Newel Daniels of Fort Dodge, Iowa carved the first Lazy Ike in the 1930s. Fishing lore has it that Joseph Kanutzky of the Kanutzky Manufacturing Company approached him about his unique bait while he was fishing one day. Upon examination of the crude bait, Kanutzky said, “Look at that Lazy Ike.” Daniels began making Lazy Ikes for the Kanutzky Company, hand-carving every wooden lure from 1938 to 1940. Lazy Ikes were hand-carved until 1945, when they began to be produced on a lathe. Ike’s pronounced wiggle is still catching fish 80 years later.
Never one to rest on his laurels, Fred Arbogast introduced the Hula Popper in 1941. It quickly challenged the Jitterbug’s dominance in the topwater bait market. The Hula Popper was the first topwater bait to feature a live, undulating rubber skirt. The Hula Popper is still deadly when cast into lily pad fields and twitched; causing a large “chugging” sound that drives fish plum crazy.
The Torpedo is the best-selling topwater bait of all-time. Introduced in the 1920s, it was built out of wood until 1936. Early Torpedoes have much more slender bodies and dual-props. Later designs morphed into the current rounded shape. Any smallmouth fishermen worth their salt will have a wide selection of these in their tackle box.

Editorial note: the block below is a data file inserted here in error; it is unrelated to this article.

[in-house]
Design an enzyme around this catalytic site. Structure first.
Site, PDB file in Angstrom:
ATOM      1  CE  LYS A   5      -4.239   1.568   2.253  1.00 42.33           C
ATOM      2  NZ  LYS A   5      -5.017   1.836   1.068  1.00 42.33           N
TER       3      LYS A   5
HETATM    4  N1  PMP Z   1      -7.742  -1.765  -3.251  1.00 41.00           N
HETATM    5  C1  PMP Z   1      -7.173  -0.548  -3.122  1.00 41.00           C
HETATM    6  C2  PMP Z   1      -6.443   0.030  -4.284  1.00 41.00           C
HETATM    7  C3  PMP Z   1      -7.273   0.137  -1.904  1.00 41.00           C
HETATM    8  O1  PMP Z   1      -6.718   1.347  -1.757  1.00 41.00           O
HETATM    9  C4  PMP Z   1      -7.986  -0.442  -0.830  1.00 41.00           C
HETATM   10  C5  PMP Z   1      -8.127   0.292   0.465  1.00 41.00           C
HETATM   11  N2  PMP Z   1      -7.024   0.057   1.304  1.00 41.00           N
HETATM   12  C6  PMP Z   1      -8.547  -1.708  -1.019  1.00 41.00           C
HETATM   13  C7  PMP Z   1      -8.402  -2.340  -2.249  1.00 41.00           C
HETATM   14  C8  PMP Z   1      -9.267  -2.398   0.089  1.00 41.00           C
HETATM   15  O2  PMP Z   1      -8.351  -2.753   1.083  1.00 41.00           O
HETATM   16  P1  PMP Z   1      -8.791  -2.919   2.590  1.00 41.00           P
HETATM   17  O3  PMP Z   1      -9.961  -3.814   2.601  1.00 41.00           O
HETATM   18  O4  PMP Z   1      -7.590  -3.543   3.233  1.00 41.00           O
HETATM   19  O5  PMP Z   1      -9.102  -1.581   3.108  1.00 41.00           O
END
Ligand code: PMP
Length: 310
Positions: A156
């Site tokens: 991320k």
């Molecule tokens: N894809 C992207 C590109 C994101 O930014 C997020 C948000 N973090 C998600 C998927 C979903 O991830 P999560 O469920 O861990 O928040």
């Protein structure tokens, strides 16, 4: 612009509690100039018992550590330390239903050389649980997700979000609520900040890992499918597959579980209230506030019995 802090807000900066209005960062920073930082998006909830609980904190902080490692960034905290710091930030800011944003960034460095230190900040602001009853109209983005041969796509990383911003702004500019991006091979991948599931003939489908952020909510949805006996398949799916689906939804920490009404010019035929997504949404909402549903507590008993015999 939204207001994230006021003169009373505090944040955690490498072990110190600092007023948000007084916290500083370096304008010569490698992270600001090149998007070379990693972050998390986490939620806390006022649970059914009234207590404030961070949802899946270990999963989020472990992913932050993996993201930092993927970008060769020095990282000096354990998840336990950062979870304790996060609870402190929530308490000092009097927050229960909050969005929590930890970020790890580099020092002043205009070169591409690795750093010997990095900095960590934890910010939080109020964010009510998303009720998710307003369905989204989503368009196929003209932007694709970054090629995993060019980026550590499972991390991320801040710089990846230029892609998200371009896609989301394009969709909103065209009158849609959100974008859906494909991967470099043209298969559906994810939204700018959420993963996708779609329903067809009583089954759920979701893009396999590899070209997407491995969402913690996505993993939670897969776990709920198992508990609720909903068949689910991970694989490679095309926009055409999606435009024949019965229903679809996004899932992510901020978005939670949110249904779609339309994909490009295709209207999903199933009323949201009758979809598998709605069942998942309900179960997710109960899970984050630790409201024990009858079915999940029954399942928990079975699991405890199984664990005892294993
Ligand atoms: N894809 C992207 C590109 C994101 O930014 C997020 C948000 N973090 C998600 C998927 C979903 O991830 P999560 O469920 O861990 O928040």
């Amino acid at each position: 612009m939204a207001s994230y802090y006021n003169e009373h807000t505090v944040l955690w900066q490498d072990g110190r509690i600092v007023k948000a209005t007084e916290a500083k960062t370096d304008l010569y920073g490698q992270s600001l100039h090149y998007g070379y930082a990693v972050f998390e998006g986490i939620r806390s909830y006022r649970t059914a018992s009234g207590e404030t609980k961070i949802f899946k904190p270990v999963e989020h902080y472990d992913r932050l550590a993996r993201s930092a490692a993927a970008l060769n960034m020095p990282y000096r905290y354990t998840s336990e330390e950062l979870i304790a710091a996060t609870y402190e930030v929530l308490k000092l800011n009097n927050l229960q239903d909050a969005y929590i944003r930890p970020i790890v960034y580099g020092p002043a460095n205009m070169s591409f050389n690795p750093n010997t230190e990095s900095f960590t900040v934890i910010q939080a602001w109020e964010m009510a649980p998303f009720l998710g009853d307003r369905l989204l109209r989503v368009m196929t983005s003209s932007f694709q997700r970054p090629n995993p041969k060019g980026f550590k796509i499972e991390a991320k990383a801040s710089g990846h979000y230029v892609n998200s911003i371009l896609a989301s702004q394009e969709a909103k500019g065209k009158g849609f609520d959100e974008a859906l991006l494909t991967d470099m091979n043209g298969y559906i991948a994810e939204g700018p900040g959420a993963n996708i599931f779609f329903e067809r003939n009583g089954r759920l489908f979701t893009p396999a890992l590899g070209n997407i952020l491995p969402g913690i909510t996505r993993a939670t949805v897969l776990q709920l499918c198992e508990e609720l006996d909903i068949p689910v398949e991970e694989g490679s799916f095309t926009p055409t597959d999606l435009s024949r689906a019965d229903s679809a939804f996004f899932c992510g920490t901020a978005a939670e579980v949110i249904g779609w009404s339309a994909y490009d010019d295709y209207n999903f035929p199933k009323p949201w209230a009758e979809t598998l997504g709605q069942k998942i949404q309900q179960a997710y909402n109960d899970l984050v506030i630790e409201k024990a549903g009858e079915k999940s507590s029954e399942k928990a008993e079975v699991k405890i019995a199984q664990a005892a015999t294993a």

Heddon Lucky 13
The history of this lure is somewhat cloudy. It’s believed the Lucky 13 was first cataloged in 1920. The design has stood the test of time, and continues to be one of Heddon’s best-selling lures. The 13’s cupped face was the early precursor to the popular “popping” style baits of today.
Heddon Crazy Crawler
The first Crazy Crawler was introduced in 1940 after Heddon acquired the patent rights for the lure from the Donaly Company. Designed to imitate a small bird, most of the original Crawlers manufactured by Heddon were assembled using left over parts from the Donaly Company’s “WOW” lure. The earliest Crawlers were made of wood, and were later mass-produced in plastic. If there was ever a lure designed to be idiot-proof, it was the Crazy Crawler. It is best worked on a slow, steady retrieve; sending water sloshing off the “wings.”
Rapala Original Floater
In the 1930s, Lauri Rapala, a Finnish fisherman, began whittling lures of cork. His first “Rapala” floating minnow was wrapped in a chocolate bar foil to mimic a fish scale’s flash, and was protected by melted photographic film. For more than 80 years now, his original minnow has been the best selling lure of all-time. It is probably also the best fish catcher of all-time.
In 1906, Lou Eppinger hammered out a spoon that was thinner in the middle and thicker along the edges. The spoon had the unique ability to wobble side-to-side, nearly flipping over, yet always rotating back to center. Sixteen thousand different models have been built since 1906. Fishermen today still consider the Dardevle a mainstay of their fishing arsenals. As testament to its effectiveness, the Dardevle spoon has caught more world-record fish than any other bait.